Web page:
In the Washington Post yesterday, there was an editorial addressed to the American people, which I hope will be widely read. It spoke of the fact that we had allowed mob violence to increase in two or three of our states, and one of our minority groups had been 5 times the victim of this type of mass murder.

It quoted Virginius Dabney, writing currently, and pointing out that three of these lynchings had occurred in a state where a man in this minority group had announced that he would run for office. The editorial is one that I think all of us should read and take to heart, for we cannot be trusted to deal justly with the rest of the world if we do not deal justly at home.

January 5, 1943

New York – (Monday)
This is January 5, the day on which the Victory Book Campaign for 1943 starts. There is one thing which every one of us can do, no matter how busy we are. We can go through our bookshelves and send to the headquarters in our particular locality, the books which we feel will be enjoyed by the officers and men of the Army, Navy, Marines and Merchant Marine.

I found in Great Britain that the boys in the hospitals wanted every possible kind of book. Some of them were studying for special occupations, like radio and auto mechanics. Many of them wanted to know more about astronomy. Some of them even want to study geology. All of them need entertainment, and the detective or Western story, full of thrill and excitement, will take them out of the happenings of the moment, which may be difficult today.

Many of them are trying to learn something about the countries in which they find themselves, and so biographies, books of travel, historical novels, all books that are up to date, will be interesting to the men in our armed forces.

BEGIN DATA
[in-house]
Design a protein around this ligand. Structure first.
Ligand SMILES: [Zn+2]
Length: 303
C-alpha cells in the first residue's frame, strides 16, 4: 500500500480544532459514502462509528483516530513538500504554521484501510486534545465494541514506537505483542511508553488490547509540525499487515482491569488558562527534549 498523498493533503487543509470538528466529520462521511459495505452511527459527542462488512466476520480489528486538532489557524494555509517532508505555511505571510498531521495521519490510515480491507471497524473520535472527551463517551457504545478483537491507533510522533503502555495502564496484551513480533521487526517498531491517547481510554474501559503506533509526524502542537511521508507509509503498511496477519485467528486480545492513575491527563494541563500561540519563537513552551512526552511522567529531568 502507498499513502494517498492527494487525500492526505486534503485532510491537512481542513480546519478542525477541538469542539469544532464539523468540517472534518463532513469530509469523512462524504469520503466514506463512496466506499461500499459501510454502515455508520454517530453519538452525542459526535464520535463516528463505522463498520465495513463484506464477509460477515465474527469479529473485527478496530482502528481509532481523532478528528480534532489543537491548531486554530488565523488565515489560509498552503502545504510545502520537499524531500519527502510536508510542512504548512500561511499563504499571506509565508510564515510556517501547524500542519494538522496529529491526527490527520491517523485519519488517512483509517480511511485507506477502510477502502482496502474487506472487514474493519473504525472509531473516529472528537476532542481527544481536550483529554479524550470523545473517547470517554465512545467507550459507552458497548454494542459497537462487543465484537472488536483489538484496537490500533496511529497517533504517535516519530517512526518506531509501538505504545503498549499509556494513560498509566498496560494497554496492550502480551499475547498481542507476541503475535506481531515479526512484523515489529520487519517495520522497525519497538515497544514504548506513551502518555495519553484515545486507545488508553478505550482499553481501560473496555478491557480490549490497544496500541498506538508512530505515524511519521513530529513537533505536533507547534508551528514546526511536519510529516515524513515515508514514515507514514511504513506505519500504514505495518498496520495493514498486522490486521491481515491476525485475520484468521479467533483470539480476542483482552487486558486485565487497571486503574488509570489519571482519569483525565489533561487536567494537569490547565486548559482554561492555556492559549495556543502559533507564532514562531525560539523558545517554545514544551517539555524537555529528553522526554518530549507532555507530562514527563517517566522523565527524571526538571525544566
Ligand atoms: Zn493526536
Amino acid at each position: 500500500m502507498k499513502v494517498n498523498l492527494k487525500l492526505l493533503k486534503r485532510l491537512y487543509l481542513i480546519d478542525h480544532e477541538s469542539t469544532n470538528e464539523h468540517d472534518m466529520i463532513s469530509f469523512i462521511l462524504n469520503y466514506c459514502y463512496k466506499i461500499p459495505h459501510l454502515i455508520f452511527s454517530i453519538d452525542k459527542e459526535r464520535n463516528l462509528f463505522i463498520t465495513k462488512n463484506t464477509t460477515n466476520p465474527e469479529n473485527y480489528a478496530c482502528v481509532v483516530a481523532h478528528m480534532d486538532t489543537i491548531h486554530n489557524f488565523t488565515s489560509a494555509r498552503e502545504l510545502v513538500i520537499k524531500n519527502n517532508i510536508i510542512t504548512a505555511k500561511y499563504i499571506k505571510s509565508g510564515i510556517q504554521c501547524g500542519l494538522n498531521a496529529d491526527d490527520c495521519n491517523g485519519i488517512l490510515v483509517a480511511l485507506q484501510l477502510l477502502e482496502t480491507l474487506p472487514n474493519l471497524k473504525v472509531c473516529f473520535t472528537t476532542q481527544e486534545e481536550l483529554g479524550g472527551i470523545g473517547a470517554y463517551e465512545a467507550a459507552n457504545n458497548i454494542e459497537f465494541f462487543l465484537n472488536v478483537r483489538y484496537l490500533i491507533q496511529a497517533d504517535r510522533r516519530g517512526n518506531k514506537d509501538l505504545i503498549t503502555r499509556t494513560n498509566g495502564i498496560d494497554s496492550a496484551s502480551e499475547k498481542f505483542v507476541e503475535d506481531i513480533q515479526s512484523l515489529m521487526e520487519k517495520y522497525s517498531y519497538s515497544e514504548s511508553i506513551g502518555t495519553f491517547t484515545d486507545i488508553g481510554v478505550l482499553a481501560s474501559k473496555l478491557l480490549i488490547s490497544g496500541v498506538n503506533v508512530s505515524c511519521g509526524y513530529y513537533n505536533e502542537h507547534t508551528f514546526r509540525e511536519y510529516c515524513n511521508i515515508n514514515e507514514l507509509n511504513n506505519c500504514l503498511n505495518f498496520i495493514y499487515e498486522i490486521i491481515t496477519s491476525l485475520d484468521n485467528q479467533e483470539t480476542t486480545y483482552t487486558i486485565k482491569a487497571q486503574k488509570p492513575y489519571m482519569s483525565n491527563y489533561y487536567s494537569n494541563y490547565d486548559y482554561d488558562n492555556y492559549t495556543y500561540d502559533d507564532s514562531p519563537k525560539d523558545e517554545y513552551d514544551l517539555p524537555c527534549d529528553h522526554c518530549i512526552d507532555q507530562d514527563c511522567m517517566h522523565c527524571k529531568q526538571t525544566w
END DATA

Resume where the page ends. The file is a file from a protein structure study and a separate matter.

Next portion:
If each one of us does our best, this campaign will be a success, but unless each one of us contributes, there will not be enough books. If you were far away from home, books would be the things that would mean the most to you in your leisure time. So, think of those who defend us in camps, on ships and on fighting fronts all over the world, and let’s get busy today and provide the biggest collection of Victory Books we have ever had in this country.

I am always interested in the little Christmas books, which are published every year. I was specially fortunate this year, because some friends in Texas sent me Hendrik van Loon’s The Message of the Bells, or what happened to us on Christmas Eve. It is a simple short narrative with charming illustrations and I am glad Dr. van Loon heard his “own” bells, for it must have given him hope for his Holland which he so dearly loves and has worked for during these years of her suffering.

Fannie Hurst sent me her little story of White Christmas in Washington. Into it she has woven the faith and hope of every American when a child is born. We pray that its chances for real opportunity and development shall be equal to those of any other child in this free nation of ours.

Last but not least, is Alexander W. Armour’s A Heart Warming Experience. I imagine the lesson he wants to convey is that nothing ever happens to any of us which we can not bear if we approach it in the proper spirit. Many of us may need to remember that in the course of the next few years.

January 6, 1943

New York – (Tuesday)
Miss Thompson and I rose early yesterday morning in order to reach New York City in time for one or two appointments at my apartment, before we went to the opening of the Theatre Wing Canteen for Merchant Seamen.